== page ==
When it comes to oral health, many people focus primarily on their teeth, overlooking the health of their gums. However, gum disease is a prevalent condition that should not be taken lightly. In fact, gum disease can have serious impacts on your overall health. Understanding the gravity of gum disease is crucial for maintaining a healthy smile and a healthier you.
The Basics of Gum Disease
Gum disease begins as redness or inflammation of the gum tissue. Someone with gum disease may also observe their gums bleeding while brushing their teeth. This process starts with the buildup of plaque, a sticky film of bacteria, on the teeth and along the gumline.
If you don’t remove plaque, it will cause an infection of the soft tissues. Without prompt treatment, the disease can worsen. Advanced cases of gum disease can affect your body, not just your oral health.
Why Gum Disease is Serious
While mild gum disease has minor impacts on your health, advanced gum disease can wreak havoc on your body.
Untreated gum disease is the leading cause of tooth loss in adults. As the infection progresses, it can damage the gum tissue and the underlying bone. This can lead to loose teeth that may eventually require extraction.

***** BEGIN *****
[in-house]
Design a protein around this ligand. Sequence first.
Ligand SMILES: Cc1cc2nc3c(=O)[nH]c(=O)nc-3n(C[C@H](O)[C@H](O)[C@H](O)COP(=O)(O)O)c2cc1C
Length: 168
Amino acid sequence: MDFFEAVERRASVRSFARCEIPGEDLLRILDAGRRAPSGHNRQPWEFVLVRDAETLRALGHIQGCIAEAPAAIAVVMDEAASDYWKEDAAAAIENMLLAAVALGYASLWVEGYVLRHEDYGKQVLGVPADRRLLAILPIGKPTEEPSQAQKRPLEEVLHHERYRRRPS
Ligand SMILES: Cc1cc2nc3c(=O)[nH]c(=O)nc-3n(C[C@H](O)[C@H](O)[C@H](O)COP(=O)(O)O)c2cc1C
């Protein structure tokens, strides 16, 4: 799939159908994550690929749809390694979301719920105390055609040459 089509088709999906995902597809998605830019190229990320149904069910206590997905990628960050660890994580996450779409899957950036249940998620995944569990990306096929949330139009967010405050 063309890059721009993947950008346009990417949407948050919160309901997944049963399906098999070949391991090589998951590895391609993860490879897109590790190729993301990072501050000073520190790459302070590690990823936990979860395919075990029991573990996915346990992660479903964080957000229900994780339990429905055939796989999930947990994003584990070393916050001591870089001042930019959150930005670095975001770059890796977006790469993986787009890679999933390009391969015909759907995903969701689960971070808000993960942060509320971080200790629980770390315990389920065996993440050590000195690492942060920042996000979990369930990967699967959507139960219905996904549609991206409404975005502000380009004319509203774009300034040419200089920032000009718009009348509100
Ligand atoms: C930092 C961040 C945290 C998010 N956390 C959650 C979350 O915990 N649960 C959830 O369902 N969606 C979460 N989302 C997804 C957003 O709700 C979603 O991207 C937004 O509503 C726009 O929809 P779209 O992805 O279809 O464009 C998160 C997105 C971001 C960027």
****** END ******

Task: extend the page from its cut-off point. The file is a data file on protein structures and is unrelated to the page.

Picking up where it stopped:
Gum disease can cause the gums to recede or pull away from the teeth, exposing the sensitive tooth roots. When your gums residue, you are more likely to experience tooth sensitivity. Additionally, this can make your teeth more susceptible to decay and damage.
The bacteria responsible for gum disease can destroy the bone that supports the teeth. Over time, this can result in significant bone loss, compromising the stability of the teeth and leading to further tooth loss.
Increased Risk of Systemic Health Issues
Many research studies suggest a strong association between gum disease and various systemic health conditions. The bacteria and inflammation associated with gum disease can enter the bloodstream and contribute to the developing or worsening of many medical issues.
- Heart Disease: Researchers link gum disease to an increased risk of heart disease, heart attacks, and strokes. One explanation for this lies in plaque. The plaque that builds on your teeth is the same plaque that can clog your arteries.
- Diabetes: Gum disease can make it more challenging to control blood sugar levels, potentially worsening diabetes symptoms.
- Respiratory Problems: It is possible to inhale the bacteria that cause gum disease. Unfortunately, this can contribute to respiratory infections, such as pneumonia.
- Pregnancy Complications: Pregnant women with gum disease have a higher risk of preterm birth and low birth weight babies.
- Rheumatoid Arthritis: Studies suggest a possible connection between gum disease and rheumatoid arthritis. Additionally, gum disease can potentially worsen arthritis symptoms.
Impact on Quality of Life
Finally, gum disease can cause persistent bad breath. While this may seem like a smaller issue, bad breath can create several problems in your life. Persistent bad breath can affect your confidence, ability to enjoy food and overall quality of life.